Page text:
Home Featured Science, Incarceration, and Racialization: A Q&A with alum Cristina Visperas

Science, Incarceration, and Racialization: A Q&A with alum Cristina Visperas

In May 2017, Cristina Visperas received a PhD in Communication and Science Studies from UC San Diego. Several months earlier, Visperas accepted a tenure-track position at USC Annenberg School for Communication and Journalism, one of the leading communication programs in the country. Today, Professor Visperas is working on her first book, which builds on her PhD thesis, “Science in Captivity: The Visual Culture and Bioethics of Biomedicine behind Bars.” Visperas conducted her dissertation research – an examination of the intersections of US incarceration, medical science, and race- and space-making technologies in the decades following WWII – under the guidance of professors Patrick Anderson and Kelly Gates (Department of Communication), Lisa Cartwright (Visual Arts), Dennis Childs (Literature), Martha Lampland (Sociology), and Jared Sexton (African American Studies, UC Irvine). While at UCSD, Visperas was also the managing editor of the open-access journal, Catalyst: Feminism, Theory, Technoscience, from 2014-2016.

Not yet a year into her new position, we reached out to Professor Visperas to ask about the roots and trajectories of her evolving scholarly practice.

UCSD COMM: Can you provide us with a brief synopsis of your research?
CV: I study the intersections of race, the life sciences, and state violence. I’m currently writing a book manuscript on the visual culture of medical science in the post-WWII prison, with a focus on experiments conducted at Holmesburg Prison under the aegis of the University of Pennsylvania.

Why did you choose to become an academic?
My questions changed. I worked in a neural stem cell lab for three years prior to starting grad school, but I’ve been working in labs since I was in high school. As I became more and more concerned about power and ethics in the sciences, I realized that benchwork wasn’t going to answer the kinds of questions I started to care more deeply about, for example: why is science so obsessed with racial difference? I realized a career change was in order.

In what way would you like to act as an academic?
I want to be generous. Academia is a place of both privilege and toxicity, and an intersectional feminist praxis (not to be reduced to scholarship) is the only way I can be authentically useful to students and the local community as an educator and mentor.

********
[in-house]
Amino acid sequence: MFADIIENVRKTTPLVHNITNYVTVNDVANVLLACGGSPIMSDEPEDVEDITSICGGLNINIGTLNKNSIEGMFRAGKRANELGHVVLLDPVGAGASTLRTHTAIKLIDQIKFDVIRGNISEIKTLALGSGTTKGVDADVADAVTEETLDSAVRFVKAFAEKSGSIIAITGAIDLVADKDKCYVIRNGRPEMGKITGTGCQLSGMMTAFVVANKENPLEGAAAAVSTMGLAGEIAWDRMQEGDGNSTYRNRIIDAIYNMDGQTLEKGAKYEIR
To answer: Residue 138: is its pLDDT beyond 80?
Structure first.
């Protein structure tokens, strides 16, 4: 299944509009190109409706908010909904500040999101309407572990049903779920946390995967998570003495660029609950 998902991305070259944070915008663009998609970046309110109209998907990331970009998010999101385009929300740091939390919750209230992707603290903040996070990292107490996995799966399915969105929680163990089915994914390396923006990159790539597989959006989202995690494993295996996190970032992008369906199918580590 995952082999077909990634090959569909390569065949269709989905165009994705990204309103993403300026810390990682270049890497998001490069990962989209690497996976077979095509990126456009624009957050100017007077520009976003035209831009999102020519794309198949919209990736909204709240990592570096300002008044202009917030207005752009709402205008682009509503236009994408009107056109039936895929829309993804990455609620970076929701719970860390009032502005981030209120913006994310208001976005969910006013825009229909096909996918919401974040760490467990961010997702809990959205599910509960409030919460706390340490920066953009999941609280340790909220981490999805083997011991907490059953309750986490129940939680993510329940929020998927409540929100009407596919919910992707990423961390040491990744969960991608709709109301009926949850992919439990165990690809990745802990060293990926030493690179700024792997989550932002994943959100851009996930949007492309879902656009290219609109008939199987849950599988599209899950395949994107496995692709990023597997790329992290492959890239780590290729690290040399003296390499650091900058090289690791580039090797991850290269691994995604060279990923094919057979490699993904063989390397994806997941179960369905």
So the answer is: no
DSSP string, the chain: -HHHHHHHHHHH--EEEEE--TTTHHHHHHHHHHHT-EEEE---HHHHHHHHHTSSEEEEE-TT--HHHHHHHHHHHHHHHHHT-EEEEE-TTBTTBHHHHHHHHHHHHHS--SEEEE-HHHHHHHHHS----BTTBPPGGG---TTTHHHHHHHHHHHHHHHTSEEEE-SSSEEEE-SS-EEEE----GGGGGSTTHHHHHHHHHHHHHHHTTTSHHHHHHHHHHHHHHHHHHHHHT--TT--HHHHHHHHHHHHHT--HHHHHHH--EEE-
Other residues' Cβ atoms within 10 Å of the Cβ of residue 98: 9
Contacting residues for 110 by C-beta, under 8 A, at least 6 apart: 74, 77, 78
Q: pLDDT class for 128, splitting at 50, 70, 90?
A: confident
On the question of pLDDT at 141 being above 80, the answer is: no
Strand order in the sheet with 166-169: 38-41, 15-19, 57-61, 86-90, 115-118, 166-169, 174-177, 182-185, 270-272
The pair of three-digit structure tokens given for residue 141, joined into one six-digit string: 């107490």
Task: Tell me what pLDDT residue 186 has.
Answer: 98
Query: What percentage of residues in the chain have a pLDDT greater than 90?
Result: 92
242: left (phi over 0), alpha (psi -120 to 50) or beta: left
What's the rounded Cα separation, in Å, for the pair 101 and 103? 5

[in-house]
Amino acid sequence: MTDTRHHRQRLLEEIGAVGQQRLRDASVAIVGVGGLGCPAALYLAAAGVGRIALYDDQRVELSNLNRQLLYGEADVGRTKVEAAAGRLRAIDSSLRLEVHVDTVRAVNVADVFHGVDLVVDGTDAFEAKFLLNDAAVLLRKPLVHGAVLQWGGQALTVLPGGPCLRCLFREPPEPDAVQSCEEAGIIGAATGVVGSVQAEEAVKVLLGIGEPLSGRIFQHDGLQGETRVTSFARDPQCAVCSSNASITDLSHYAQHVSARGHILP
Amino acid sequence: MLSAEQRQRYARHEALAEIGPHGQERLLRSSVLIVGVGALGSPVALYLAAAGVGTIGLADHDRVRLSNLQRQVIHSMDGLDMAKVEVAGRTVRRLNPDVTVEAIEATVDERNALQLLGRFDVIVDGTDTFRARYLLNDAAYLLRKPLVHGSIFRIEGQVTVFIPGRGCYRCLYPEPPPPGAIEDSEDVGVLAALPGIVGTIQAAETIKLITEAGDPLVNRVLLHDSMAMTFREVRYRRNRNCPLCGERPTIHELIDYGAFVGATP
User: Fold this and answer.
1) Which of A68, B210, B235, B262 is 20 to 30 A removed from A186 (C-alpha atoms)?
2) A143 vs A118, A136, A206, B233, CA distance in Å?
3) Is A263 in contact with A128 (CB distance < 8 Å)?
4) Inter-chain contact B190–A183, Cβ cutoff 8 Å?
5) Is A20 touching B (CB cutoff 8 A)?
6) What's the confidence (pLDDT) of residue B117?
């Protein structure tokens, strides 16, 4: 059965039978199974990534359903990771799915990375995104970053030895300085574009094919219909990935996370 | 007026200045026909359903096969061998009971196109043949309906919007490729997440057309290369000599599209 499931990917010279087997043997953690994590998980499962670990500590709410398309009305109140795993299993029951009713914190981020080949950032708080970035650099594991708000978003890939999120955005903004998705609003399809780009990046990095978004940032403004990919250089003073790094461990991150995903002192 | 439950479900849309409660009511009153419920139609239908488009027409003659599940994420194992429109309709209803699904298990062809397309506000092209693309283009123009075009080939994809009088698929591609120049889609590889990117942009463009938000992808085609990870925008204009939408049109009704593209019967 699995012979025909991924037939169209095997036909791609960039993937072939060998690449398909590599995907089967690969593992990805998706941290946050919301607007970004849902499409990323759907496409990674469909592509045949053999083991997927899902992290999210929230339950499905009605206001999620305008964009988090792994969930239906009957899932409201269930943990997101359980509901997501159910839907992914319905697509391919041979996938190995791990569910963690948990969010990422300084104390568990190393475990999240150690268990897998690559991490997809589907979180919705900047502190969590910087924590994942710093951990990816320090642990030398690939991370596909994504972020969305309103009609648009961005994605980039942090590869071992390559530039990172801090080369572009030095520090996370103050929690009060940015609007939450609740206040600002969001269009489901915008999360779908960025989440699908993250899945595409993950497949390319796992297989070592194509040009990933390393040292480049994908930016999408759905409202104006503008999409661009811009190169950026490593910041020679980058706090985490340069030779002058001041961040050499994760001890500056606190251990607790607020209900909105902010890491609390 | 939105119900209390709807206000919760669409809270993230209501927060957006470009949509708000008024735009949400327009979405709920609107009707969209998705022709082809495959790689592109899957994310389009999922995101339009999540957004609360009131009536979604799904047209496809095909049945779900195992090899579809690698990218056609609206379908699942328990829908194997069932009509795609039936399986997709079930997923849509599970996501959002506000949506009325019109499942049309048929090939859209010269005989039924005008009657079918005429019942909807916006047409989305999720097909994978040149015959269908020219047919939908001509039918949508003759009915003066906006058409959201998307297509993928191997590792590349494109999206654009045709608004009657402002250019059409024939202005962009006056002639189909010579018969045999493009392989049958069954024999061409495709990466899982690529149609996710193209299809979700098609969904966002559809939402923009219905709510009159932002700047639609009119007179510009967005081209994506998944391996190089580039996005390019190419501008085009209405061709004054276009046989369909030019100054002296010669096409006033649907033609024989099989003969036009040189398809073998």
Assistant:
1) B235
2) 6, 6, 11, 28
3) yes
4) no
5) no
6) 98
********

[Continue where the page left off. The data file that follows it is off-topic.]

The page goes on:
Women of color are not generally welcomed in academia. I seriously feel like I’ve somehow broken into this space. But, now that I’m here, I’m taking the silverware, the jewelry, and even the damn dog, and I’m telling all my friends the security code. Which is to say, it’s my mission to help elevate women and people of color in a space that doesn’t generally want us.

Which authors have especially shaped your work?
Hortense Spillers and Saidiya Hartman. I return to their work over and over and over again, and not just in my writings. I read everything through or alongside their work. They are constant companions in my thinking. All the projects I’m working on now have their foundations in Spillers and Hartman.

Who inspires you in your career?
There isn’t just one person. There’s many, more like a network of inspirations: my mentors in grad school, colleagues I have great admiration for, my students –we can always learn from our students… And that network keeps growing, like when I read a particularly good book or article, or when I attend a really exciting talk, or I have an awesome conversation with a student or colleague; all of these things collectively raise the bar for me. Other people show me what excellence looks like, and I work hard to be that, too.

How do you relate your work to contemporary social, political, or cultural concerns?
This anti-black world never stops demonstrating how “timely” my work is. I do Science and Technology Studies (STS) analysis through a prison abolitionist perspective, so I ask: Should we call ourselves the “free world” when we incarcerate more people than any country in the world? And what does it mean to have a “free” or open exchange of knowledge in that world? Why do our continued investments in values like democracy and equality nonetheless continue to proliferate spaces of unfreedom in the Anthropocene? Can STS concerns with matter and the non-human serve the political demands and intellectual provocations of the Black Lives Matter movement, or have we written ourselves into political irrelevance through theories about objecthood and global catastrophe that sidestep the very people for whom those are history and lived experience? These are the issues I write about.

What topics most attract your attention right now?
Genomics, particularly how the technology is used to informationalize racial and ethnic identities. Ecocriticism and climate change, too. My second book project historicizes the latter in black vitalist philosophies of the 1980s.

A hobby?
Japanese anime and anime fandoms, especially women fandoms. The media they create (fanfics, MVs, fanart, etc.) are so amazing. Video games, too, but I’m not touching those until I get tenure. Video games are my Achilles’s Heel!

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